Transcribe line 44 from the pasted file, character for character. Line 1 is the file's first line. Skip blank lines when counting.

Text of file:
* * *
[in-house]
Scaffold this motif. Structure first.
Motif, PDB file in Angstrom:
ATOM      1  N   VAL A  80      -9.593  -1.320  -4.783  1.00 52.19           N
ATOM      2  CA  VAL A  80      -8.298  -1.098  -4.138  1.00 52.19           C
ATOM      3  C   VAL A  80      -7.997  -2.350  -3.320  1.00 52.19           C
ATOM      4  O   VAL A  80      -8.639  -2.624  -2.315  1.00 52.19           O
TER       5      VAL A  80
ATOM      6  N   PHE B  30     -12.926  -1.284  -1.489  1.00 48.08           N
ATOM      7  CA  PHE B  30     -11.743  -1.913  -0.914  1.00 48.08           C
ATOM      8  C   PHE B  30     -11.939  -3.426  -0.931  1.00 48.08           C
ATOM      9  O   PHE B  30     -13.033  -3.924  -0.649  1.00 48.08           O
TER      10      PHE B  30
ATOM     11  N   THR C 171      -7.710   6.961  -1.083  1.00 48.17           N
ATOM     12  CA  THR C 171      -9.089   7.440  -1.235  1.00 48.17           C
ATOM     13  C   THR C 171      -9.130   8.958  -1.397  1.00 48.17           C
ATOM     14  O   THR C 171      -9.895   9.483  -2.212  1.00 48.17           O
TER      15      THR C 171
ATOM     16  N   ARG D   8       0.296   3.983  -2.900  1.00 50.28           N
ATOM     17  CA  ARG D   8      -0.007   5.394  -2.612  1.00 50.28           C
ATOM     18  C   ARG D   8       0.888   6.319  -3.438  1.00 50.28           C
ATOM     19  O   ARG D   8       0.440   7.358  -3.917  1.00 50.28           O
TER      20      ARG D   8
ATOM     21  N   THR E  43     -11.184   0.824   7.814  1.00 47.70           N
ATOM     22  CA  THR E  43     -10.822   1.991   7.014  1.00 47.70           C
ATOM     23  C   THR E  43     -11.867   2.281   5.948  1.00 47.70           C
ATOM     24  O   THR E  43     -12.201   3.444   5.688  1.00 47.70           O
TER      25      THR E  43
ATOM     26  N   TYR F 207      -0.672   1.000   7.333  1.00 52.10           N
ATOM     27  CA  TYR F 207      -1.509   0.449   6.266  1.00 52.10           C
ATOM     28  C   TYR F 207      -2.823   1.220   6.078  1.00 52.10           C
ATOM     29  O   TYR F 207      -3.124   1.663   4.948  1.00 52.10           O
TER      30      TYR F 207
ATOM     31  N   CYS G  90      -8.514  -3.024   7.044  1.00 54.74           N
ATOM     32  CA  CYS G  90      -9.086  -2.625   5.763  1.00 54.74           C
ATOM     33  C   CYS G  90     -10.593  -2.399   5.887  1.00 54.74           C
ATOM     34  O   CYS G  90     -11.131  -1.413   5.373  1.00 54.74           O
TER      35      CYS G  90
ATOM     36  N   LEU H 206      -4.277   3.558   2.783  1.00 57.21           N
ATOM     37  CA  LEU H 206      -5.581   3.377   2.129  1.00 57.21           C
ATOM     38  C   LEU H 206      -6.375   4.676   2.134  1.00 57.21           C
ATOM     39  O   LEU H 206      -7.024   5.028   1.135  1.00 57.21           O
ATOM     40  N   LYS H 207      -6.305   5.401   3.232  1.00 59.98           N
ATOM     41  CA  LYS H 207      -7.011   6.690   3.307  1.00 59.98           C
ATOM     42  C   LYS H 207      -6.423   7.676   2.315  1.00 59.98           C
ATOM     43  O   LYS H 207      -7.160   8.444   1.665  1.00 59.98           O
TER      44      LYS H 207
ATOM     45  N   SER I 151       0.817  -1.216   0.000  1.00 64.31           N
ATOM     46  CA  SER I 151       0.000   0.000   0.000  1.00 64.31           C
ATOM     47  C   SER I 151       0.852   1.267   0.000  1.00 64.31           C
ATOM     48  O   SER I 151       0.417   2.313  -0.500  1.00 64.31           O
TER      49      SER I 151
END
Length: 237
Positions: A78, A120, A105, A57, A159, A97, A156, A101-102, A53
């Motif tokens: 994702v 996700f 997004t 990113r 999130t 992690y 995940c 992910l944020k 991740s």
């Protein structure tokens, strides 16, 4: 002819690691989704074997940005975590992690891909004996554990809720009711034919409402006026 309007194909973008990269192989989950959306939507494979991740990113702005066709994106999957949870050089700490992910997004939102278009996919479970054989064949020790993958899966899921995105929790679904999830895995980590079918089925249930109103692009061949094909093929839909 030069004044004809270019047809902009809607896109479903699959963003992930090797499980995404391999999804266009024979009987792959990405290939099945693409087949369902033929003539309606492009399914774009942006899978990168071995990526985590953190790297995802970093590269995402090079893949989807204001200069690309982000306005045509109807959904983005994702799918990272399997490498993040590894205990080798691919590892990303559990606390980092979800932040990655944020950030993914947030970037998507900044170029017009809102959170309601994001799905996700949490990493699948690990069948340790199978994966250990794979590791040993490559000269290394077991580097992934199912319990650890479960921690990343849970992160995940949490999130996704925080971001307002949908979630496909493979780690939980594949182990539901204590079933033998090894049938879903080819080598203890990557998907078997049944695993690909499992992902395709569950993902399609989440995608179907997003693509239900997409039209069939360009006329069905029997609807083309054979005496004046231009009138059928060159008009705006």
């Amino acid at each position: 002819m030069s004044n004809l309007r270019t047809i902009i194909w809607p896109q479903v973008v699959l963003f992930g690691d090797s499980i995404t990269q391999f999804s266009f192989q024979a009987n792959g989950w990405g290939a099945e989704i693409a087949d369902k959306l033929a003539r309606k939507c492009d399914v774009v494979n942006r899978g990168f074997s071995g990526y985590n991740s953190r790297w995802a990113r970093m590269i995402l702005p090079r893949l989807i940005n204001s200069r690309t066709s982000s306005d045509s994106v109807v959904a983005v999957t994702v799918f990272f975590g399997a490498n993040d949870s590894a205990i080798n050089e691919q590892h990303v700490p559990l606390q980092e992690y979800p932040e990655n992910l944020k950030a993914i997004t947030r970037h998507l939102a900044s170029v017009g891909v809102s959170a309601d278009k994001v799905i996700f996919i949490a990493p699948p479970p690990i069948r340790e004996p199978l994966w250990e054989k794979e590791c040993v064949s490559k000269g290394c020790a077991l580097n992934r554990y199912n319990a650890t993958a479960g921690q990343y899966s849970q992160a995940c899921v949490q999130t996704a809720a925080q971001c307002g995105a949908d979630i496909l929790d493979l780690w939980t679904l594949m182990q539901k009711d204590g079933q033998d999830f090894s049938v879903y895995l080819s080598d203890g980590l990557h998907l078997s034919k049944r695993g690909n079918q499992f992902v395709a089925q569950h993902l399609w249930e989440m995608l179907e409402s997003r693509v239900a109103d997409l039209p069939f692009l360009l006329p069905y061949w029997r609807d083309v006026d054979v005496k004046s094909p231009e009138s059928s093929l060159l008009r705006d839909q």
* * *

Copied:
ATOM     41  CA  LYS H 207      -7.011   6.690   3.307  1.00 59.98           C